Meghan Markle is to join her future husband in his work as youth ambassador to the Commonwealth, Prince Harry has revealed, as he says she is “hugely excited” to help young people’s voices be heard.
The Prince, delivering his first speech since being appointed as Commonwealth Youth Ambassador, said he was “incredibly grateful” that the “woman I am about to marry” will be joining him in his new job.
In a heartfelt speech that included tributes to both his grandmother, the Queen, and his father, the Prince of Wales, Harry told a room of Commonwealth youth representatives that he would strive to “listen” to their concerns and ideas.
Adding that he is now planning his first year in the job, he joked: “I know that serving as an ambassador to young people I am going to have to try to keep up with you.”
Prince Harry and Ms Markle are now expected to undertake overseas tours of the Commonwealth as well as convening young people to hear their ideas on how to give them a bigger platform.
The role of youth ambassador is considered particularly important because of the Commonwealth’s demographic, with 60 per cent of the population of its 53 member nations being under the age of 30.
Prince Harry opened his speech with a tribute to his grandmother, saying: “When I was reflecting on how to make the biggest impact with this new role, I turned to the ultimate source of guidance on all things Commonwealth: the words of The Queen herself.
“On the day of her 21st birthday, the then Princess Elizabeth gave an extraordinary radio address from Cape Town. With an eye on the future, and an already unflinching sense of duty, she made a commitment.
“She said that whether her life be long or short, it would be dedicated to the service of the people of The Commonwealth. All of us here today can be grateful that it is a long life The Queen is still enjoying.
“Her Majesty's commitment has meant that The Commonwealth is a thriving family of nations, a common link between nearly two and a half billion people, and a defender of democracy, justice, and peace.”
He also made reference to the Prince of Wales as he pledged to listen to concerns about climate change, explaining: “The young adults I have met across the Commonwealth have shown me time and again that your generation understands something very important: that to tackle a big challenge, you need to focus on the root causes, not the symptoms - something my father has believed for years, yet something society still struggles with.”
Telling a hall full of young people that they would be the ones to change the world, Prince Harry said: “As I travel around the Commonwealth in my work on behalf of The Royal Family, it is striking to see just how different today's generation of young adults are.
“You are connected. You have made positive use of technology to build relationships within your communities, nations and across the globe.
“You care. You want your nations to be cleaner, your planet to be greener, your friends and neighbours to be treated fairly and with respect, no matter their ethnicity, their religion, or their status.
“You are optimistic. The complicated challenges we face – climate change, inequality, conflict – they do not discourage you. Rather, they inspire you to persevere and effect change.”
The Prince concluded: “In my new role, I will work to support The Queen, my father The Prince of Wales, and my brother William, all of whom know that young people are the answer to the challenges of today.
“I am also incredibly grateful that the woman I am about to marry, Meghan, will be joining me in this work, of which she too is hugely excited to take part in.”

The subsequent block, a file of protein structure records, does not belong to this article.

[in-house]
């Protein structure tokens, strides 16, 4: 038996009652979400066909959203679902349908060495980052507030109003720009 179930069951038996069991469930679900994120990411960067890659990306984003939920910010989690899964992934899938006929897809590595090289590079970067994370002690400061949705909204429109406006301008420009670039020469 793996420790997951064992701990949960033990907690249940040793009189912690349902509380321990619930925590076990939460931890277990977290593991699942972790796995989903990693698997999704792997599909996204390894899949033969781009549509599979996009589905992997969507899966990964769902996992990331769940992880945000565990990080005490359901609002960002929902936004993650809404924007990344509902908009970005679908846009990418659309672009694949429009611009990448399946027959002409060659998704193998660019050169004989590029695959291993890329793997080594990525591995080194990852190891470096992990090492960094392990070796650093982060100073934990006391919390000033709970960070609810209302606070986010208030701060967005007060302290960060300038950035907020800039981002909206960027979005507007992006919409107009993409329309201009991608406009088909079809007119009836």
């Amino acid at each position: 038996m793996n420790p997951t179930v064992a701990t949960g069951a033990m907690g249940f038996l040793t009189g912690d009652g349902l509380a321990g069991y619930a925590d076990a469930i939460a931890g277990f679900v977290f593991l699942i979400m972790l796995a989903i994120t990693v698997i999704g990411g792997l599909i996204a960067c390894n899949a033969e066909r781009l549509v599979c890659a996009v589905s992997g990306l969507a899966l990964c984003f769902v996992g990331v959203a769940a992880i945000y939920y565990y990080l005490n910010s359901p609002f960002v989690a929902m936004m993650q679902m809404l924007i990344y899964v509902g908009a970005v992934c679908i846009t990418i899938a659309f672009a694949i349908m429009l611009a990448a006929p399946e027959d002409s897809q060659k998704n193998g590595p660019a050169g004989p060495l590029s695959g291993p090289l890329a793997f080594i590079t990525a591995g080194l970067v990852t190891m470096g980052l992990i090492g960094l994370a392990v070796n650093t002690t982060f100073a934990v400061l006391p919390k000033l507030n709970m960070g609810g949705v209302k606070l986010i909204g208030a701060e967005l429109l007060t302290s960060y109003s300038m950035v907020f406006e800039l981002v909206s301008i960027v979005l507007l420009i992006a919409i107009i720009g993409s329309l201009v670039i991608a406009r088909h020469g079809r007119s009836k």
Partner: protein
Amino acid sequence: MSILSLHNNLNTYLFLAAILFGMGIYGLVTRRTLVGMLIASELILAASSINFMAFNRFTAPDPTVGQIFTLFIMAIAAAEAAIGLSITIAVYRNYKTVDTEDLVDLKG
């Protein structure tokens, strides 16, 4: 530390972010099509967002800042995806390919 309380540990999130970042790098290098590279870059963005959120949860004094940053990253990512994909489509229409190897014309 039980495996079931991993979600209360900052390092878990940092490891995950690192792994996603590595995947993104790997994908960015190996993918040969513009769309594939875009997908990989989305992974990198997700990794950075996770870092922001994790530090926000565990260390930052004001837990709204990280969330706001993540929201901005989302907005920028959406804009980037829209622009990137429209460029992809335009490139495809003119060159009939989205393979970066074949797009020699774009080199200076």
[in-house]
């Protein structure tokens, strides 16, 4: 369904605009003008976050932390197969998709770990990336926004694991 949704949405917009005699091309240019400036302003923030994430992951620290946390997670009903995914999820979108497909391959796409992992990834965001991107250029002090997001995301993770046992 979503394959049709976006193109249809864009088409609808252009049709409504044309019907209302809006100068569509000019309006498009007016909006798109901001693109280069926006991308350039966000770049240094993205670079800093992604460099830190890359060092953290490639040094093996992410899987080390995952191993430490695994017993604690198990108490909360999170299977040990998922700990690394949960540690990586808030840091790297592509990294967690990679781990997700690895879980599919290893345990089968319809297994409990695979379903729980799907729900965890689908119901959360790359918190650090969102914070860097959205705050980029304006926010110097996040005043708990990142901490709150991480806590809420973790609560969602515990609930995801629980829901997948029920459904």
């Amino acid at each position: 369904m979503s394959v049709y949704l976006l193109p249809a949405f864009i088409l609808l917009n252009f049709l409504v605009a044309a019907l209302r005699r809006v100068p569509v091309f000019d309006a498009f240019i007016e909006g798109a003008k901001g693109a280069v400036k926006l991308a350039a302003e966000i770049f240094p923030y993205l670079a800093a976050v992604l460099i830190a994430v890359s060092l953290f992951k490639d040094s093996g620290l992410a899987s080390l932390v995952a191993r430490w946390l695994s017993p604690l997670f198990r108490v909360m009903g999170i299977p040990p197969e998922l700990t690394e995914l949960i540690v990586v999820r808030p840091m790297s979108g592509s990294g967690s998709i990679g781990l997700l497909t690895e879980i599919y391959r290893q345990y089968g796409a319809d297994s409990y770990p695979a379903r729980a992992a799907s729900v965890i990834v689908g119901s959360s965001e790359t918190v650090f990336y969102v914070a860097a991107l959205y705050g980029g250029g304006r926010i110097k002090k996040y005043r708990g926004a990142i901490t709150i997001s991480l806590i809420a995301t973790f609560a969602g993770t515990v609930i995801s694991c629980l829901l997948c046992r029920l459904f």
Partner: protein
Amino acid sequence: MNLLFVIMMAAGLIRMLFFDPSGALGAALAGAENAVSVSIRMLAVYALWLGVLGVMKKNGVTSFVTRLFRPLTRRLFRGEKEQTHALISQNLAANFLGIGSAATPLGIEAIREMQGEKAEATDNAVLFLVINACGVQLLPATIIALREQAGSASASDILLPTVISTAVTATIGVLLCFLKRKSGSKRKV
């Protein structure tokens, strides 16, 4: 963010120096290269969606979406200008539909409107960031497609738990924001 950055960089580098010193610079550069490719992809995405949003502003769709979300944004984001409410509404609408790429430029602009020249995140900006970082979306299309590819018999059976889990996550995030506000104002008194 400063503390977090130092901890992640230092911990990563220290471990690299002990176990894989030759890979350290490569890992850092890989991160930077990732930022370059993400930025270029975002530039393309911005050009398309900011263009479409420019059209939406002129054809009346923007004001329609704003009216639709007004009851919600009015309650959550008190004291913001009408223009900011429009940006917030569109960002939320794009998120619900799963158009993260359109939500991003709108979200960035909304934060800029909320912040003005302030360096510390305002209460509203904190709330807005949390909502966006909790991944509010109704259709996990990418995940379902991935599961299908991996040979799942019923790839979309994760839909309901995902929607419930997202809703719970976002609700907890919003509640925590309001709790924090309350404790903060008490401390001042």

Baroness Patricia Scotland, Secretary General of the Commonwealth, later said the Queen could have given no “greater gift” than her grandson to champion the youth of the Commonwealth.
The speeches were delivered on the first day of forums leading up to the Commonwealth Heads of Government Meeting in London.
Arriving at the Queen Elizabeth II conference centre on Monday morning , the Prince was joined by Theresa May, the Prime Minister, to meet 18 youth delegates from the Commonwealth.
In a meeting room, they greeted elected Youth Council representatives from Malaysia, Trinidad and Tobago, Kenya, Namibia, India, Jamaica, Papua New Guinea, and members of the International Youth Taskforce from all five regions of the Commonwealth.
Prince Harry asked each of them how long they had been part of the council, whether they enjoyed the role, and what they hoped to get out of the Commonwealth forums this week.
“Do you feel like people are listening to your generation?” he asked.
After shaking hands, the group moved to a roundtable meeting led by Kishva Ambigapathy, Commonwealth Youth Council chairman, where they spent around half an hour in discussion with delegates.
“I wanted to make sure youth and young people are a priority at this meeting.,” Mrs May told them. “You are the future of the Commonwealth and it’s meant that we listen to you, we hear your ideas.
“You have already shaped the agenda with the issues you want to be discussed, whether that’s youth unemployment or the environment.”
Prince Harry told the group their generation had “inspired” him, after seeing their hard work and passion during his travels throughout the Commonwealth, adding his saw his role as to “support them, listen to them and make sure they are heard”.
The Commonwealth Youth Forum (CYF) is intended as an “opportunity for the young people of the Commonwealth to build cross-cultural connections and networks, debate the challenges facing its young people, and agree youth-led initiatives to influence decision makers and ensure young people have a voice in its future”.
The 2018 Youth Forum’s theme is “Powering Our Common Future”, with an agenda set by young representatives.
The Commonwealth’s 53 member countries have a combined population of more than 2 billion, of which more than 60 per cent are under 30 years of age.